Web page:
Identity Theft refers to the collection or acquisition of someone else’s personal information to conduct other criminal activities. Identity Theft can occur through the telephone, email, regular mail or the internet.
Identity Fraud is the actual use of another person’s information, living or deceased, in connection with fraud. This includes impersonation and the misuse of debit or credit card data.
Fraudsters use a range of techniques to acquire a consumer’s identity. It can be as simple as obtaining personal information through a dumpster dive, direct call or through sophisticated means using technology such as phishing, skimming, malware, spyware and viruses.
While consumers may not suffer immediate financial losses, they can spend hours alerting financial institutions and the credit bureaus. In addition, they may have difficulty obtaining credit or re‐establishing a good credit rating in the future.
Warning Signs – How to Protect Yourself
- Be wary of unsolicited emails, phone calls or mail asking for personal or financial information.
- Be aware of creditors or collection agency calls about an application or account you do not have.
- Stay current. Check your bank and credit card statements monthly and report any suspicious activity. Report any missing mail or statements right away.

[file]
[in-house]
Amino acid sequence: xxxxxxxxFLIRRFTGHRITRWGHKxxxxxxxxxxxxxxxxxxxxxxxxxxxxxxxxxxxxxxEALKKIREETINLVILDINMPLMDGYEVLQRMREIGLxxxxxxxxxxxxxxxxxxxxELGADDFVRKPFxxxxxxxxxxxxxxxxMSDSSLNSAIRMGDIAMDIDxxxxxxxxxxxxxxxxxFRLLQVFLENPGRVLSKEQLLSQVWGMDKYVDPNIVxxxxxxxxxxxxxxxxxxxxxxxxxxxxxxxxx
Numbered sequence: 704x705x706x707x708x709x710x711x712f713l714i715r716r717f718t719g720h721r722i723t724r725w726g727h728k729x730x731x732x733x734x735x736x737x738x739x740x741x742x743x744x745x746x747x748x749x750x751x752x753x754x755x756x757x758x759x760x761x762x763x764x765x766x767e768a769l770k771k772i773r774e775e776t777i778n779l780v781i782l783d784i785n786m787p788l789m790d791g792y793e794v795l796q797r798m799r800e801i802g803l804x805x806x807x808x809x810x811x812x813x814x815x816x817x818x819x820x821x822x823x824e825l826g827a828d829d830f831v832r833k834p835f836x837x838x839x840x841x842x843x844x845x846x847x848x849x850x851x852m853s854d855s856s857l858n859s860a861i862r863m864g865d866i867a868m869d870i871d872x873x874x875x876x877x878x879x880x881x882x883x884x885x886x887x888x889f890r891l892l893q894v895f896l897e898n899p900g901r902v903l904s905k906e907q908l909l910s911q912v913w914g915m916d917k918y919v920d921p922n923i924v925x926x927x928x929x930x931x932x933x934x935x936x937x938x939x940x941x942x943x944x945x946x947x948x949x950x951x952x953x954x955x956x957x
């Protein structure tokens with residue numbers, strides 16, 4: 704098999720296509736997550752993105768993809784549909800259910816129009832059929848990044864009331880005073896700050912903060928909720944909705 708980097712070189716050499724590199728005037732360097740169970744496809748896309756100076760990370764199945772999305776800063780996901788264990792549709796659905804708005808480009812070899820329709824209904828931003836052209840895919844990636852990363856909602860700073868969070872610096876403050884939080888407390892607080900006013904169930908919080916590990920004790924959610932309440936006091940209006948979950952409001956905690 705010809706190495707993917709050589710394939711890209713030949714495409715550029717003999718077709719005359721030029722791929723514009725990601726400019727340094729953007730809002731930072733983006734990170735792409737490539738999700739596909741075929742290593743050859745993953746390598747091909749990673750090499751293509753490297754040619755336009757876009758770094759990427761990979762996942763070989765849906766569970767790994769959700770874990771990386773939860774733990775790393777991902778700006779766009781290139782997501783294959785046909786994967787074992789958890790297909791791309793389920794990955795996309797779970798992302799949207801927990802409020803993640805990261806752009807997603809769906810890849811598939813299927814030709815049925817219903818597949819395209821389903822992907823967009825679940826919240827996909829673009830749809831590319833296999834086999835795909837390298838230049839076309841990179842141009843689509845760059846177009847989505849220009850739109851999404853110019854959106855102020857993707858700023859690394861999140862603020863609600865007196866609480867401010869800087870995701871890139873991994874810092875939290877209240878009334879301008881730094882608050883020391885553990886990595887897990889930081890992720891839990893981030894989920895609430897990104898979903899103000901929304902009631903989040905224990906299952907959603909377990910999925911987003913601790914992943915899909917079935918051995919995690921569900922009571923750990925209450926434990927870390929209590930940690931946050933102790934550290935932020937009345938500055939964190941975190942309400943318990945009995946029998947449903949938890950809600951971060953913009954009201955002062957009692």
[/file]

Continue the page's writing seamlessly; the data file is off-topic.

- Beware of unsolicited emails or text messages stating you have a refund and asking to enter your personal or financial information to deposit the money.
- Properly dispose all personal and financial documents (i.e. shredding).
- Obtain a free credit report (available once a year) through the two credit bureaus, Equifax and TransUnion.
- Beware of unsolicited emails or text messages demanding payment.
If you think you or someone you know has been a victim of fraud, please contact the Canadian Anti‐Fraud Centre at 1‐888‐495‐8501 or report online at www.antifraudcentre.ca .
This document is the property of the CAFC. It is loaned to your agency/department in confidence and it is not to be reclassified, copied, reproduced, used or further disseminated, in whole or part, without the consent of the originator. It is not to be used in affidavits, court proceedings or subpoenas or for any other legal or judicial purposes. This caveat is an integral part of this document and must accompany any information extracted from it.